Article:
Cars

1951 Ford Victoria
SELLER INFORMATION

Streetside Classics-Dallas/Fort Worth
5400 Sandshell Dr
Fort Worth, TX
855-877-2707

Message Seller

MILEAGE
3188

YEAR
1951

ENGINE
8

LOCATION
Fort Worth, TX

STOCK
5347-DFW

FULL SPECS

Year 1951
Mileage 3188
Engine 8
Doors 2
Transmission Manual
Make Ford
Model Victoria

Victoria 1951

Title Status --
Exterior Color Black
Interior Color Black

DESCRIPTION

There are still plenty of interesting classic cars out there that don't cost much money, yet look like a million bucks. Take a look at this handsome 1951 Ford Victoria, which is a very attractive hardtop body style powered by a legendary Flathead V8, features a gorgeous white-on-black color combination, and sports a no-frills attitude that's incredibly refreshing today. Not over-done, not modified, just a very nice, clean little Shoebox Ford that still has all that Flathead magic under the hood.



The colors are Sungate Ivory over Raven Black, and the combination works rather well on this neat Ford coupe. Representing the final year of the 1st generation, slab-sided, 'ponton' design, the 1949-51 Ford are largely credited with saving Ford from the brink of extinction. Believe it or not, the Blue Oval was that close to shuttering its doors, but this modern streamlined design with its integrated fenders, heavy bumpers, and 'Bullitt-nose' grille (although the 1951 facelift actually featured a dual-bullet grille) brought Ford back to prominence. Cars like this 1951 Victoria were extra important, as they were higher-end models specifically produced to rival the popular Plymouth Belvedere and Chevrolet Bel Air, consequently kicking off a competition between the Big Three automakers that would last for decades. They were an instant hit and outsold Chevy and Mopar straight away, highlighted by that very modern, sleek hardtop Victoria look with its split front windshield, wrap-around rear window, and abundance of chrome. The restoration on this Shoebox is more than a few years old, but it's holding up well and the car wears an honest, driver-quality look that's certainly appropriate for Ford's best-seller. It's affordable, but that doesn't mean you need to put up with second-rate bodywork and cut corners, although there are a few signs of use and age that are all but unavoidable. The bodywork is nicely done, and you'll note that the slab-sided panels show none of the usual ripples and waves. Gaps are good and the panel alignment is decent overall, suggesting a car that didn't need major reconstructive surgery when it was restored. The front and rear bumpers are in decent shape as well and the rest of the brightwork has been shine up and looks quite correct against the handsome black paint.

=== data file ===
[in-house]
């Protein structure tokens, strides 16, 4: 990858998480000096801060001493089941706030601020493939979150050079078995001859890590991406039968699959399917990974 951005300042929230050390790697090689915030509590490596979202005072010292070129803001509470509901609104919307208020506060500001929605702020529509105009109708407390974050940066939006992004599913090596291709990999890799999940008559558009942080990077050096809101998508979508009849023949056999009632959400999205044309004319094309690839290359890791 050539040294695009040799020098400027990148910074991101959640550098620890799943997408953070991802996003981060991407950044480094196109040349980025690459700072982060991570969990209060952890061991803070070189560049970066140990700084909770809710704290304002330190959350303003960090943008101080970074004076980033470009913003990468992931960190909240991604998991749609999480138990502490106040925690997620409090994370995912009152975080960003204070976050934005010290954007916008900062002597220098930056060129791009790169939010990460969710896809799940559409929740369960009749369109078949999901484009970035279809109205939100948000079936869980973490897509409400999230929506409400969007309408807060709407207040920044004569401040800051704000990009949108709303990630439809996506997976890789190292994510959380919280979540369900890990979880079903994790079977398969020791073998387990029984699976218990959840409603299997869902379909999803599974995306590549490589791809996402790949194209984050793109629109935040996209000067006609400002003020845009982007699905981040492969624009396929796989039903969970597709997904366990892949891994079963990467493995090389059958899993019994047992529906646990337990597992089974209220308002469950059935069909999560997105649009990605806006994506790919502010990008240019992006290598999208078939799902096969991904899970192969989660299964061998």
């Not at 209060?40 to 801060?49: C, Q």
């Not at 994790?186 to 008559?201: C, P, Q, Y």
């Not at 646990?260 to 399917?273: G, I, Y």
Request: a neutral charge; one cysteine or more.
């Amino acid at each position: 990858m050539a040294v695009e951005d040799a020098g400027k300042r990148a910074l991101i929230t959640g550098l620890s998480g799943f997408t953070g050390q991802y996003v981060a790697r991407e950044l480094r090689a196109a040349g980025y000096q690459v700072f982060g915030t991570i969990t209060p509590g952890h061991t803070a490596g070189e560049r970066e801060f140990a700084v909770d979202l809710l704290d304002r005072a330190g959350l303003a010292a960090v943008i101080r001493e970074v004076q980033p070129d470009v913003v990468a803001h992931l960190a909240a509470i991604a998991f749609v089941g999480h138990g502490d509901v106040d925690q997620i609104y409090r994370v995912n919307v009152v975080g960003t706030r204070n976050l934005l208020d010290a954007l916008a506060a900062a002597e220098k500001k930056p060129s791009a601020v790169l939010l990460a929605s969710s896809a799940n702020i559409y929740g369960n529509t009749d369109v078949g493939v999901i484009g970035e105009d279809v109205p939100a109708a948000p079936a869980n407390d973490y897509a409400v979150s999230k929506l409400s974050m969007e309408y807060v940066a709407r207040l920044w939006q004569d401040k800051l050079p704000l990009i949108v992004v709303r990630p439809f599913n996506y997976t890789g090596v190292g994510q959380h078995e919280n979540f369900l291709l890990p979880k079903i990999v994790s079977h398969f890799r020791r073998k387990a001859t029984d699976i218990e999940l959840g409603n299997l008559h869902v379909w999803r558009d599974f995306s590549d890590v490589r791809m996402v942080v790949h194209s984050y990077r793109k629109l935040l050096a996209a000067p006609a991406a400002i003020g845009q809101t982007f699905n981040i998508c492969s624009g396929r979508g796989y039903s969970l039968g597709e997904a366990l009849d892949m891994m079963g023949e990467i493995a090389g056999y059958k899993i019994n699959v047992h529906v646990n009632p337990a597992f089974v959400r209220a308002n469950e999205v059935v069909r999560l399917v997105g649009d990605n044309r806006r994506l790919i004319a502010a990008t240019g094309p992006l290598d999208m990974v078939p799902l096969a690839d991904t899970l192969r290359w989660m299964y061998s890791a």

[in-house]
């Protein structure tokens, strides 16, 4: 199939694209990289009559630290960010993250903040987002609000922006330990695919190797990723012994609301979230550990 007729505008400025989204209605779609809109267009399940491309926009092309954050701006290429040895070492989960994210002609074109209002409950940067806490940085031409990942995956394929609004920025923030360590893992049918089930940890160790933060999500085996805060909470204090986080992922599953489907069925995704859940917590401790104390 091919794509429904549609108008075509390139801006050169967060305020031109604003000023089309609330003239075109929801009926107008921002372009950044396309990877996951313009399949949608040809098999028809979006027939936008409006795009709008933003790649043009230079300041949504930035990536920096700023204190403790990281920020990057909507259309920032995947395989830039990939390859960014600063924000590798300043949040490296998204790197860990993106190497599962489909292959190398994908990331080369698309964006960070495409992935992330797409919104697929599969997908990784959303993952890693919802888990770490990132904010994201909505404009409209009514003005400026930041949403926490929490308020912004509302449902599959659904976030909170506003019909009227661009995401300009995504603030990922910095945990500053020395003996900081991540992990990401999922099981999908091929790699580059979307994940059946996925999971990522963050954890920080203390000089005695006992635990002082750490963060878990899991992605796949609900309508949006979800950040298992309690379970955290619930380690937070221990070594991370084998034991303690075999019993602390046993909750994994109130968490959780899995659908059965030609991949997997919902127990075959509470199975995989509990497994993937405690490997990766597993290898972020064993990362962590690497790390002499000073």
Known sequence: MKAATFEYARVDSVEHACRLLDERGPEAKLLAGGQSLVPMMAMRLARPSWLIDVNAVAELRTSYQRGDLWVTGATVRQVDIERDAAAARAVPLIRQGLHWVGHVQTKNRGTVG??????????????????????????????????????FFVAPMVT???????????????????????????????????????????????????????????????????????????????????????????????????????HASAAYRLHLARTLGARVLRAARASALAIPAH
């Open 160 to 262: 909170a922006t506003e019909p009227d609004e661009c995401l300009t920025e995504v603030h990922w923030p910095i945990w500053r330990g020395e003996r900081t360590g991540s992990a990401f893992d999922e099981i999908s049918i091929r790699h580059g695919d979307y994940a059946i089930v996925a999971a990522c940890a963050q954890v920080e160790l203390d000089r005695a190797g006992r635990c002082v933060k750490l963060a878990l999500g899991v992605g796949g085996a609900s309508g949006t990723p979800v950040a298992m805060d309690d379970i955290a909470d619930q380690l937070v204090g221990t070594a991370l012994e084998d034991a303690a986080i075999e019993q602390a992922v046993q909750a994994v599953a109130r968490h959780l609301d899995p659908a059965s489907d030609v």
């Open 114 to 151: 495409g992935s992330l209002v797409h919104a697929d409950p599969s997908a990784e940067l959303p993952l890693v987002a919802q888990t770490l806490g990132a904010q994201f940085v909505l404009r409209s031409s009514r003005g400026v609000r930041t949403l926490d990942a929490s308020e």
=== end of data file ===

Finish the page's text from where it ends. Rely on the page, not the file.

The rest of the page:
The understated yet beautifully designed interior is comfortable and ready to hit the road, with two-tone black-and-white vinyl in the original patterns adorning the seats and door panels. The wide front bench shows minor signs of use and age, while the rear shows hardly any wear at all, and both are adorned with tuxedo-style upholstery that wears like iron. The door panels were upholstered to match, with a nice combination of the exterior paints on the window sill and striking chrome accents and hardware. All the original instrumentation is complete, highlighted by a big speedometer front and center with auxiliary dials and controls in a mesh-like insert that covers most of the dash, and please take a moment to note the cool round indicator needle on the speedo itself. A Magic Air heater box was attached under the dash right where it belongs, and there's an original AM radio in the center of the dash. Three-on-the-tree shifting retains a period feel, so getting behind the wheel delivers an authentic experience that's easy to get accustomed to. That dual-ring steering wheel is a precursor to some of the absolute beauties Ford would design in the future, and the surprisingly sizable trunk features a thick mat and full-sized matching spare tire.

Traditional power comes from a dressed-to-stock 239 inch Flathead 8BA V8 that could easily be the car's original powerplant. Other than the Optima battery and aftermarket horns, everything is bone-stock under the hood, from the 2-barrel carburetor and oil bath air cleaner up top, to the massive generator in front and Flathead cylinder heads at the flanks. Lots of goldish-brown paint and proper details make it an engine bay you'll enjoy showing off, and a weekend spent cleaning things up would easily kick things up a notch if trophy hunting is the goal. An upgraded dual exhaust system with glasspack mufflers was fitted underneath, so it purrs and cackles in proper flathead fashion, exiting underneath the rear chrome bumper. The undercarriage isn't detailed, but it shows off an incredibly solid frame and floorpans, and with independent coil springs up front and upgraded shocks out back, you can carry friends and their gear without hammering the rear bumper on driveways. Stock wheels with bright 'Full Moon' hubcaps and wide whitewall radials complete the 1950s look, showing one and all that nothing's been overlooked in this car.



Entry-level cars are out there and you don't need to start with a project or a goofy '70s 4-door. Get a '50s Ford with a lot of panache instead and call today!

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